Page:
Putting Bees on Notice

Alan Wade

As individuals, we all experience collective amnesia whenever it’s time to decide what to do next. We muddle along, sometimes making ill-advised choices, if not first overtaken by events. Bees are somewhat different. Their ability to adjust and adapt – especially given a good run – and in an organised way is nothing short of astounding.

So what can we say about what bees are up to at any given point in time? At the hive level, and within a matter of weeks, honey bee numbers may explode or may suddenly collapse. Think of those massive Himalayan Cliff Honey Bee (Apis laboriosa) hives. Contemplate these whopper colonies, each comprising a giant single comb that may sport 100,000 oversized bees built each year from scratch, and you will get the drift.

Positive changes to honey bee colony condition may be attributed to favourable environment conditions and a young queen while failures may be put down to queen problems, stores running on empty or bees succumbing to disease or predation. Without recourse to records based on keen observation, shifting bee fortunes can be hard to fathom.

This brings us to the matter of practical record keeping. Not having good notes is a bit like arriving at the supermarket without the shopping list or trying to run a business without books and a ledger. Either way you will miss out big-time. This all brings to mind the wonderful adage:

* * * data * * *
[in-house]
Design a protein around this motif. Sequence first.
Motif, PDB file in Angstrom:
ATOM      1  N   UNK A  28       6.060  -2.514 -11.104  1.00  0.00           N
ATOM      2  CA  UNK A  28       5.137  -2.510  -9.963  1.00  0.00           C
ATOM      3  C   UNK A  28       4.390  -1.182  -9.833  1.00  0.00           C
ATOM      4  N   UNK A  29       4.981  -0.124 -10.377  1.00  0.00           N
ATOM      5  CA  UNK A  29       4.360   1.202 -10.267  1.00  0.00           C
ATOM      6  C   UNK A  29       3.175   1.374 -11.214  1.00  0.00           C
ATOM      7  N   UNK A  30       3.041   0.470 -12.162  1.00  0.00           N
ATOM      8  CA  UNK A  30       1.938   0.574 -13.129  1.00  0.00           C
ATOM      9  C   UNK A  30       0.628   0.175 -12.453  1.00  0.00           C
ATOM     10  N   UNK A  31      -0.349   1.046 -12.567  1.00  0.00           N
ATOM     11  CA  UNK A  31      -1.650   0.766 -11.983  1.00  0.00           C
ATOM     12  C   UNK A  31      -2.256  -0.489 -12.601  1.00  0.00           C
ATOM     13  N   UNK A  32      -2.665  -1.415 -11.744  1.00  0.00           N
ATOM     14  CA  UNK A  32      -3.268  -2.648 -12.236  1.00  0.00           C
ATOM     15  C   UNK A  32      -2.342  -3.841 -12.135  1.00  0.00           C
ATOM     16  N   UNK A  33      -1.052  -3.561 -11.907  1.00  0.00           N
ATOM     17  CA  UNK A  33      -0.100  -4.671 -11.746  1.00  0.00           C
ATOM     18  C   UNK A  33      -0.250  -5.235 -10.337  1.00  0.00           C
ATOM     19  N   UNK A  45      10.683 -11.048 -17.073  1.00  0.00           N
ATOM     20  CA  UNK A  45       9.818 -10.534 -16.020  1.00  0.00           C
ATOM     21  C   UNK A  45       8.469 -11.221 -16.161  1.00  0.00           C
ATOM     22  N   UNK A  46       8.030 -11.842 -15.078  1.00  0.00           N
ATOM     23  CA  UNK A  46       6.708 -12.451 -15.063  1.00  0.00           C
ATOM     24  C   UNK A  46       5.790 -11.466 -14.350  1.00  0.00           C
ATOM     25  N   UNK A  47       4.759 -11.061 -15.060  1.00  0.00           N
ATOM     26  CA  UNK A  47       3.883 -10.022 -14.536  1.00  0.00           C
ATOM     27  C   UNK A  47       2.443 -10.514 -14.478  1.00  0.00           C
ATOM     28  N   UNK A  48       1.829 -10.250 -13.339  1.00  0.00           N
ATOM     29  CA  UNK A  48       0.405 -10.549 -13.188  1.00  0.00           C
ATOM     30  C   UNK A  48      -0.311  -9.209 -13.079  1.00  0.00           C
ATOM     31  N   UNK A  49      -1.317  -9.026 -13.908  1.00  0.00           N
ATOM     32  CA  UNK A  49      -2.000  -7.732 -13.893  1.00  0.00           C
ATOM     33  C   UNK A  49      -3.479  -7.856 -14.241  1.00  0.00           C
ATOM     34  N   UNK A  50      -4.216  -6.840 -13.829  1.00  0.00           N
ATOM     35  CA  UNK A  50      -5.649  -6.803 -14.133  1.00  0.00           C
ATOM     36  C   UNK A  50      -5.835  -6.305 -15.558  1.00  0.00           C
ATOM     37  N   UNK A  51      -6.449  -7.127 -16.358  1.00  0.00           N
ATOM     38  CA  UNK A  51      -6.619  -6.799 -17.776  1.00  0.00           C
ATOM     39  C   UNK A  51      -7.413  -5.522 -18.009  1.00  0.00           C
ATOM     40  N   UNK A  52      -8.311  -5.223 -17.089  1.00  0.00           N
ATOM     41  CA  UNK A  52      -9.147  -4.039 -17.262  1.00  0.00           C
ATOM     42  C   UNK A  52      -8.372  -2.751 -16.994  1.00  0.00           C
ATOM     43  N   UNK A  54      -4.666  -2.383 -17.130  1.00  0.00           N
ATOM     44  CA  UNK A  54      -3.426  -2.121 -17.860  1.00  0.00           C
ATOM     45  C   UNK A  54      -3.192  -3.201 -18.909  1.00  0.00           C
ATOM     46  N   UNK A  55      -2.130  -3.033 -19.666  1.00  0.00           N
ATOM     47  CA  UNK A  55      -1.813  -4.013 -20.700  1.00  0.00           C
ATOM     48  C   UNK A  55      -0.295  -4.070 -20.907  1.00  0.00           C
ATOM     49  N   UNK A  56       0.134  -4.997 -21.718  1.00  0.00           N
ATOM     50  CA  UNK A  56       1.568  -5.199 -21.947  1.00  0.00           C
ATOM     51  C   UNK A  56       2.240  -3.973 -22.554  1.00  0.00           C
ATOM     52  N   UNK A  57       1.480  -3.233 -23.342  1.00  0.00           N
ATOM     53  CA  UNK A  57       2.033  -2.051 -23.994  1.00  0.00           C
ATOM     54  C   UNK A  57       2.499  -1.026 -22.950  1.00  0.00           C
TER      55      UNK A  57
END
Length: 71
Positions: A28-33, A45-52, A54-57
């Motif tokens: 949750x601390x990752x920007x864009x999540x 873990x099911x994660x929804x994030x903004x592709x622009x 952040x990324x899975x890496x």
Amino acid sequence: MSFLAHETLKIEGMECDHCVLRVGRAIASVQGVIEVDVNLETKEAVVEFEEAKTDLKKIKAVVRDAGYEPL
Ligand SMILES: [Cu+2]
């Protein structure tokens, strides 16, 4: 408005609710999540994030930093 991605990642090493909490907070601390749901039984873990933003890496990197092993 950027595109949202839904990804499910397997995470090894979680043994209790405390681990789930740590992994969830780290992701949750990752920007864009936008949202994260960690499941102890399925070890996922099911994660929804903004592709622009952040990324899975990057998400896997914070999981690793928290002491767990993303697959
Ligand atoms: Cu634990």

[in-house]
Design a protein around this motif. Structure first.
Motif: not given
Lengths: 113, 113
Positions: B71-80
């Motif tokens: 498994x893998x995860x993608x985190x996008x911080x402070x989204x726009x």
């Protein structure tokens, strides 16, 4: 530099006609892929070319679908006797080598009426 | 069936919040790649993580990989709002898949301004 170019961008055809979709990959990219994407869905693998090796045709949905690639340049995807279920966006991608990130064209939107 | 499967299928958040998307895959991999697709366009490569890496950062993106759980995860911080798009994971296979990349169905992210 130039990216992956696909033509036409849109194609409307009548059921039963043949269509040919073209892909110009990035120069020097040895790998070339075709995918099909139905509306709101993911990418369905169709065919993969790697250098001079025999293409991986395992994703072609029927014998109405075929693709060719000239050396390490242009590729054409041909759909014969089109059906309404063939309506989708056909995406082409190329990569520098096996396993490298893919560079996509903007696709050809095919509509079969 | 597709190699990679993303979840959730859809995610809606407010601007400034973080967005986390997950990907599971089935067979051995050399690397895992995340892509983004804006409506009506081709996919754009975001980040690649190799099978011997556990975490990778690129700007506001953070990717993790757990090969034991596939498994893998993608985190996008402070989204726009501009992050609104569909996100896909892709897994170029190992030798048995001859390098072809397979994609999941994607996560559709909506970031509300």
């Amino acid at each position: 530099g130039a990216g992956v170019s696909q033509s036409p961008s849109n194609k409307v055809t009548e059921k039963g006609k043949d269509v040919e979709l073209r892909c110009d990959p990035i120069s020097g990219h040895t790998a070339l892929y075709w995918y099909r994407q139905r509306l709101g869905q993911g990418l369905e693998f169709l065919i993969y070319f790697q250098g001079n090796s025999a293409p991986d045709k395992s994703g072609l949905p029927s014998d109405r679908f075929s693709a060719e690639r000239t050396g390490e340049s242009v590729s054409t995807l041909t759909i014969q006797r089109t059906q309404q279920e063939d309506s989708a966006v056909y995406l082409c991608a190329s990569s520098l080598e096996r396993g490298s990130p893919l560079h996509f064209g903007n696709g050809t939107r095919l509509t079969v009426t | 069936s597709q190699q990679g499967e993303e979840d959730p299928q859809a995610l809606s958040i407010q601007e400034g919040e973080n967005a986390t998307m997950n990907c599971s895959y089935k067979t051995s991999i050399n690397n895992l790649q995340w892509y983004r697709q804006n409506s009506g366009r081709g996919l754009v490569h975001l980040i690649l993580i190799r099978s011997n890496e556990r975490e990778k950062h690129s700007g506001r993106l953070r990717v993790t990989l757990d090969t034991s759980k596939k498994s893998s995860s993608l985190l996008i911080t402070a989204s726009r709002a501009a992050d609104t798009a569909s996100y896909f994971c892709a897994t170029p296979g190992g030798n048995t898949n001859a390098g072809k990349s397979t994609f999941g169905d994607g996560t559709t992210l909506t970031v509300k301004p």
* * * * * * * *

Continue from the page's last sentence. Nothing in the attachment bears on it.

Its amazing how everything is so different now that everything has changed.

The greatest leap forward one can make as a beekeeper is to keep full and detailed notes of what you observe. Let’s explore how keeping a tab on your bees might improve your beekeeping acumen. Firstly having ready access to really good records teaches you how to read your bees. It allows them, the bees, to tell you how they are faring.

Telling the Bees


Let’s say you practice marking all new queens and you open a hive only to find an unmarked queen. You refer to your notes to discover that you put in new queens a couple of springs back, just a tad too long ago. Your records also show that the hive in question had always done particularly well and that you’d seen the queen on several occasions. Now she was gone. You can almost hear the bees saying:

Hey, we’ve replaced that marked queen you installed the year before last. We reckoned she was no longer up to scratch so we kicked her out (we know you didn’t carelessly squash her) and we beat you to it and put in a newbie’.

Having reliable records is a also a great way to plan for that backyard or larger paddock inspection before even contemplating lifting a hive lid. Here’s a list of things you might usefully jot down well at least for Langstroth hives:

  • details of spring and autumn disease inspections;
  • number of frames of honey and pollen present;
  • number of frames of brood and bees;
  • requeening information including date of introduction, race, source and queen breeder as well as any queen marking colour;
  • actions taken to reduce brood-nest crowding;
  • records of supering to provide nectar ripening and honey storage space;
  • summer and end of season harvesting records;
  • supers removed to reduce colony size for effective overwintering; and
  • numbers of crook and old frames clearly marked or removed.

So is keeping records actually useful? Way back in the 1930s Clayton Farrar came up with this amazing chart of bee populations in different systems of bee management. He could not have come up with such findings without having kept meticulous notes publishing much into the 1960s.